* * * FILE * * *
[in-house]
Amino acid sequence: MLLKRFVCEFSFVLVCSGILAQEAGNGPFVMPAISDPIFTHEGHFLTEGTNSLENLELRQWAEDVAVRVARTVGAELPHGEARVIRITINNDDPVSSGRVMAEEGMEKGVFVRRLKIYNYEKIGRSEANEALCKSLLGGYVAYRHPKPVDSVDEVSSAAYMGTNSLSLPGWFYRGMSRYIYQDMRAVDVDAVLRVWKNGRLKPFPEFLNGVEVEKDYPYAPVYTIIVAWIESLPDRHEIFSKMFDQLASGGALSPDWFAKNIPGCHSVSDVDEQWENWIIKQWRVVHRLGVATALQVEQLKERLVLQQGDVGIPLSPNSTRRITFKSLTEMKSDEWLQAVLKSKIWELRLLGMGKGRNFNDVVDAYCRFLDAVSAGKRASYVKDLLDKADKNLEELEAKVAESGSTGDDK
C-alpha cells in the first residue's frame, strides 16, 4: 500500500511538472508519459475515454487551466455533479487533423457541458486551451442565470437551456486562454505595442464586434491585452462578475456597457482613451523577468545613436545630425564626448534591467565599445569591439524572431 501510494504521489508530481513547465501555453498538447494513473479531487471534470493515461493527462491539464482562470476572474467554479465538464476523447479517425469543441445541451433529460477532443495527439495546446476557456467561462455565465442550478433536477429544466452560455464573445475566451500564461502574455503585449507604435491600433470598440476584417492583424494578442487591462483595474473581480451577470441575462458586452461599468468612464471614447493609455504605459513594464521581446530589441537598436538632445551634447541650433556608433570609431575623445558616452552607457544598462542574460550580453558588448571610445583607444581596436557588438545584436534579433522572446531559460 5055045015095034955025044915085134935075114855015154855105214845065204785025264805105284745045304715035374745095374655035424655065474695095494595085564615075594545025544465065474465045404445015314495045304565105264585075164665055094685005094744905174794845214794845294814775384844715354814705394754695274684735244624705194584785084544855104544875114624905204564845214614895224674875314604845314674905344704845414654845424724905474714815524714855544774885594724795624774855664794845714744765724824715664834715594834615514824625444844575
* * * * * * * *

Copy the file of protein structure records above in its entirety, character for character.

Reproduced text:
[in-house]
Amino acid sequence: MLLKRFVCEFSFVLVCSGILAQEAGNGPFVMPAISDPIFTHEGHFLTEGTNSLENLELRQWAEDVAVRVARTVGAELPHGEARVIRITINNDDPVSSGRVMAEEGMEKGVFVRRLKIYNYEKIGRSEANEALCKSLLGGYVAYRHPKPVDSVDEVSSAAYMGTNSLSLPGWFYRGMSRYIYQDMRAVDVDAVLRVWKNGRLKPFPEFLNGVEVEKDYPYAPVYTIIVAWIESLPDRHEIFSKMFDQLASGGALSPDWFAKNIPGCHSVSDVDEQWENWIIKQWRVVHRLGVATALQVEQLKERLVLQQGDVGIPLSPNSTRRITFKSLTEMKSDEWLQAVLKSKIWELRLLGMGKGRNFNDVVDAYCRFLDAVSAGKRASYVKDLLDKADKNLEELEAKVAESGSTGDDK
C-alpha cells in the first residue's frame, strides 16, 4: 500500500511538472508519459475515454487551466455533479487533423457541458486551451442565470437551456486562454505595442464586434491585452462578475456597457482613451523577468545613436545630425564626448534591467565599445569591439524572431 501510494504521489508530481513547465501555453498538447494513473479531487471534470493515461493527462491539464482562470476572474467554479465538464476523447479517425469543441445541451433529460477532443495527439495546446476557456467561462455565465442550478433536477429544466452560455464573445475566451500564461502574455503585449507604435491600433470598440476584417492583424494578442487591462483595474473581480451577470441575462458586452461599468468612464471614447493609455504605459513594464521581446530589441537598436538632445551634447541650433556608433570609431575623445558616452552607457544598462542574460550580453558588448571610445583607444581596436557588438545584436534579433522572446531559460 5055045015095034955025044915085134935075114855015154855105214845065204785025264805105284745045304715035374745095374655035424655065474695095494595085564615075594545025544465065474465045404445015314495045304565105264585075164665055094685005094744905174794845214794845294814775384844715354814705394754695274684735244624705194584785084544855104544875114624905204564845214614895224674875314604845314674905344704845414654845424724905474714815524714855544774885594724795624774855664794845714744765724824715664834715594834615514824625444844575